SYLVESTER, Ga. - Peter Pan peanut butter's only production plant remained closed yesterday, three weeks after the government announced the nation's first salmonella outbreak tied to the spread.
Investigators are still trying to determine how the product became contaminated, causing illness in at least 425 people nationwide. Meanwhile, residents of this small Georgia town, where the plant is one of the largest employers, are growing impatient.
Pearson Golden, 71, owner of a downtown seed and feed store, refuses to part with his jar of Peter Pan, even though it bears the "2111" product code that indicates it's part of the recall. "I'm going to eat it," he said
He and other Sylvester residents are fiercely loyal to the plant operated by ConAgra Foods Inc. and are eager for its product to return to the market.
"Put it back on the shelves again because my supply is running low," Mr. Golden said.
U.S. Food and Drug Administration inspectors have found the illness-causing salmonella strain at the plant and in jars owned by some of the people who became ill. But they apparently have not identified the source of the salmonella, so the plant remains closed.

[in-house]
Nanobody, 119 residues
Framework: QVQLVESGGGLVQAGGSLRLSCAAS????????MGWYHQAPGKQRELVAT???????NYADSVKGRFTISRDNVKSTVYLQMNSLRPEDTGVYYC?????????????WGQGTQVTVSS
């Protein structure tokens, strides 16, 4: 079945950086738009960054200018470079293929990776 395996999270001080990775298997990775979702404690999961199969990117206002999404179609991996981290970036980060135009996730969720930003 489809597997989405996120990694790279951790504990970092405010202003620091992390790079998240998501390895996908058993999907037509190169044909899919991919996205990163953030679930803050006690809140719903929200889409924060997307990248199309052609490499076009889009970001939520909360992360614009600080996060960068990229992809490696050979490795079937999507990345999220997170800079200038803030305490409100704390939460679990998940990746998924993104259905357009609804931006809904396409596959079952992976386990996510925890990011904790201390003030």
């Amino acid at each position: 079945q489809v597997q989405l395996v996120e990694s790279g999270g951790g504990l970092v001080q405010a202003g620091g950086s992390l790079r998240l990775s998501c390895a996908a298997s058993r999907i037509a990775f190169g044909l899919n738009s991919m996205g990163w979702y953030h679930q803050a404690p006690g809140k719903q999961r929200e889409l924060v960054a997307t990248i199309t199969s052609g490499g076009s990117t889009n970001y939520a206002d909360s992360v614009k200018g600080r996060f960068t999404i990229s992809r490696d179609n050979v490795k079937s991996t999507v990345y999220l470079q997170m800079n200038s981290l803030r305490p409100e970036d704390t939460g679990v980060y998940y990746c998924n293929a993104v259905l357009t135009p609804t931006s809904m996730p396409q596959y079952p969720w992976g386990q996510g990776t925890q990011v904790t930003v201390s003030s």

Government and industry officials have said the contamination may have been caused by dirty jars or equipment, although heat in the manufacturing process is usually high enough to kill germs.
The only other known salmonella outbreak in peanut butter - in Australia during the mid-1990s - was blamed on unsanitary plant conditions.
Residents who have toured the plant describe it as scrupulously clean and say they were stunned when "their" plant was named in the Feb. 14 recall of all Peter Pan and Great Value brands of peanut butter. The recall includes all peanut butter made since December, 2005, in Sylvester, about 160 miles south of Atlanta.
Sylvester and surrounding Worth County are closely linked to peanut production. Farmers pride themselves on having some of the state's top yields, and the town holds a Georgia Peanut Festival each October with ConAgra as a major sponsor.
"It's a point of pride with us that all the Peter Pan peanut butter in the world is made right here in Sylvester," said Mayor Bill Yearta. "The community is behind the company and Peter Pan. We just want things to get back to normal."
ConAgra spokesman Stephanie Childs said the recall will cost the company between $50 million and $60 million, but officials say the shutdown has had no measurable economic effect on the community. The plant has about 100 employees, and they continue to be paid and report to work each day for "maintenance and training," Ms. Childs said.
A shelling company and a trucking company that serve the peanut butter plant say they've been able to maintain normal operations. A third company, which removes the skin from peanuts, declined to comment.
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